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High-Speed Stakes

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Tristan stands with his green and white jumpsuit half-unzipped, the shirt-half and sleeves hanging around his waist. He wears a rib protector over his T-shirt like a vest. It looks like a flak jacket made for a child soldier. When Tristan hops into the car, Jay walks over to the gate, stopwatch in hand.

Tristan began racing about two and a half years ago in borrowed carts at the Homestead track. One day, his mother, Diane Nuñez, was standing with an old friend — "Uncle Jim" — who suggested Tristan ought to have his own cart.

James "Uncle Jim" La Vea is an heir to the Annenberg media fortune. Tristan's father, Juan, met La Vea when Juan was on the pro tennis tour in the 1980s. La Vea was financially supporting tennis pros Monica Seles and Mary Joe Fernandez as an unofficial sponsor in exchange for tickets. After retiring from the circuit, Juan became a tennis pro in Boca, where La Vea hired him to coach the girls he was sponsoring.

Tristan was born in 1995, and La Vea "just took interest and just loved my family. He loves my kids like they're his own," Diane says.

So when Tristan took an interest in carting at 12, Uncle Jim said he'd buy him a cart. Since then, he has footed the bill for all of Tristan's racing expenses. That totals more than $150,000 in a year.

"I guess our story's a little different than most people's," Diane says. After all, most people don't have a money tree.

Because Juan works full-time and Diane spends just two days a week as a dental hygienist, she became Tristan's manager and master of finances. Petite and tan with dark hair and narrow eyeliner-rimmed eyes, she drives the trailer, picks the mechanic, and hires the coaches — half a dozen in the past two years, before she found Jay.

For a day of coaching, Diane will pay Jay $350. That's at least $2,800 a month. To race on the cart circuit, they needed at least two chassis, which cost around $4,500 each. Tristan has five. Each of his two engines cost $3,000, plus the higher-horsepower engines he leases from Jay for races cost $750 per day. A mechanic costs around $250 per day. The 46-foot trailer Diane schleps from Boca to Homestead twice weekly cost a cool $60,000. A race weekend — with entry fees, hotel rooms, and airfare — will hit $5,000. Most weekends are race weekends. For a big race, like the Newcastle championship they're preparing for at the Homestead practice, Diane expects to spend about $10,000.

"In order to win, you have to race a lot, have a lot of seat time," Diane says. "And in order to do that, you need money. So it really comes down to money — and a lot of luck."

As Jay leans against the chainlink fence and watches Tristan, he notes which turns he needs to be quicker on, which kids he could have passed. Sometimes Tristan psychs himself out, Jay explains, when he knows he's behind a ranked driver.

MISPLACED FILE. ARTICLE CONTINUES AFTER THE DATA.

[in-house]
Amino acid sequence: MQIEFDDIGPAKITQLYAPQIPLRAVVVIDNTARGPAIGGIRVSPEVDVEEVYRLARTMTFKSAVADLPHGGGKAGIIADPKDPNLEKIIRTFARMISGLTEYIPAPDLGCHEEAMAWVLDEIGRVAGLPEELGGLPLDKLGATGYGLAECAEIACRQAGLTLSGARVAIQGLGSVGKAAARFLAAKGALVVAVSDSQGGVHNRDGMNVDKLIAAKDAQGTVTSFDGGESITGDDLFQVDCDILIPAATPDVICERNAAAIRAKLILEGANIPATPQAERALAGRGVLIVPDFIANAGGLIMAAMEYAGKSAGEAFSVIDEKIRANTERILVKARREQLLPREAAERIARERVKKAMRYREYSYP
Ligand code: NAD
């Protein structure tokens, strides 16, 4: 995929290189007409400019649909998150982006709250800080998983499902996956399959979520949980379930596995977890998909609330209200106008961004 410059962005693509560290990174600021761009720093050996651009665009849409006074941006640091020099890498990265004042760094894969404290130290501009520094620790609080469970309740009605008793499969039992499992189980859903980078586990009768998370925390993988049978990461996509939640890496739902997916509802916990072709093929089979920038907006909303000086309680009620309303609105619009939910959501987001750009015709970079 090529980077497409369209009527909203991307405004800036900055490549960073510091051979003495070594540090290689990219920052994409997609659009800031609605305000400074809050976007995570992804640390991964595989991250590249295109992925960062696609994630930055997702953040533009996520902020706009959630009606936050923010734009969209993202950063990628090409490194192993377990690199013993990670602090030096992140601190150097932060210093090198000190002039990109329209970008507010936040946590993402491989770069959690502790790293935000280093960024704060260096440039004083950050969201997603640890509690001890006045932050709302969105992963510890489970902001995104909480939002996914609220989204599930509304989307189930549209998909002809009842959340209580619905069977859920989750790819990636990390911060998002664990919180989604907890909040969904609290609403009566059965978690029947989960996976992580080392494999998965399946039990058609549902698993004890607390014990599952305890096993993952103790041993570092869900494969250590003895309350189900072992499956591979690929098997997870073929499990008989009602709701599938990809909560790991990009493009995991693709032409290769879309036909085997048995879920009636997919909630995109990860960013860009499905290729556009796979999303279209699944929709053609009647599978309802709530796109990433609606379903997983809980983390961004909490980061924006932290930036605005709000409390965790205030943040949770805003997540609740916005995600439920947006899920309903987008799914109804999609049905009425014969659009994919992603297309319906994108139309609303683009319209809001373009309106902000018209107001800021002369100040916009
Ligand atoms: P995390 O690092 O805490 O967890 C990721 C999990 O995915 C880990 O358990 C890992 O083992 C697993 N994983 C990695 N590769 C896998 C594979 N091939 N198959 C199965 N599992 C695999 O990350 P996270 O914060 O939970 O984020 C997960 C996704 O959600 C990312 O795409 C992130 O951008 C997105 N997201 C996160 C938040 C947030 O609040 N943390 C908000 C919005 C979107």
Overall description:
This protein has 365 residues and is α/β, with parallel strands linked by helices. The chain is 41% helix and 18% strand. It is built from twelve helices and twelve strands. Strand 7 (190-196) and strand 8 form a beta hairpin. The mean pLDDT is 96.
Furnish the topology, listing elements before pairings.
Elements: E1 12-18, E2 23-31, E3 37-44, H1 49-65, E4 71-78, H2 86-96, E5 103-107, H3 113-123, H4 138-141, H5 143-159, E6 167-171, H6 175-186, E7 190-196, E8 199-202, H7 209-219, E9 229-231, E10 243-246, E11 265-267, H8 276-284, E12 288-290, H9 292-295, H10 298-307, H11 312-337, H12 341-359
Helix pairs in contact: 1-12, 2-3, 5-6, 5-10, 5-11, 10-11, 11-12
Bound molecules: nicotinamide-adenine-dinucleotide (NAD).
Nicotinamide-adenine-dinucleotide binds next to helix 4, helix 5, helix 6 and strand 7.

After the practice run ends, Tristan sits in a red fold-out chair, his race jumpsuit unzipped. Jay tells him, "Go get a track map so we can go over everything."

Inside, the trailer is dim and cool. He and Tristan lean over the map, marking X's and lines with black pen. "This is pretty simple," Jay says. "You want to be on the front before the A-wall, if that makes sense." Tristan nods. "The others are overdriving, and then they're like, 'Fuck.' "

Tristan draws a line along a straightaway, curving it along a bend. "I get my right tires around here, then turn in for this." Jay wants Tristan to hit the throttle harder at the apex, but Tristan says he opened it up around the turn.

The door swings open, and Jay and Tristan squint into the sunlight. Diane sticks one foot in and shouts, "You're up!"

Tristan zips up his suit, picks up his helmet with both hands, and heads to the track. In the next heat, Tristan takes first, beating out kids who have been nationally ranked.

"Indiana's going to be great," Diane says.

Everyone is disappointed by New Castle, Indiana. The chilly morning sky is the shade of dishwater, and the defective bumper has not improved the afternoon's spirits.

"That's the third fucking time that thing broke," Diane is yelling in their tent, which serves as a base camp for the race. A table full of Pringles, bananas, apples, and caramel dipping sauce separates seven or eight mismatched fold-out chairs. An identical table nearby serves as a cart workstation and is scattered with bolts and wrenches, smeared with motor grease.

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Lisa Gartner
Contact: Lisa Gartner

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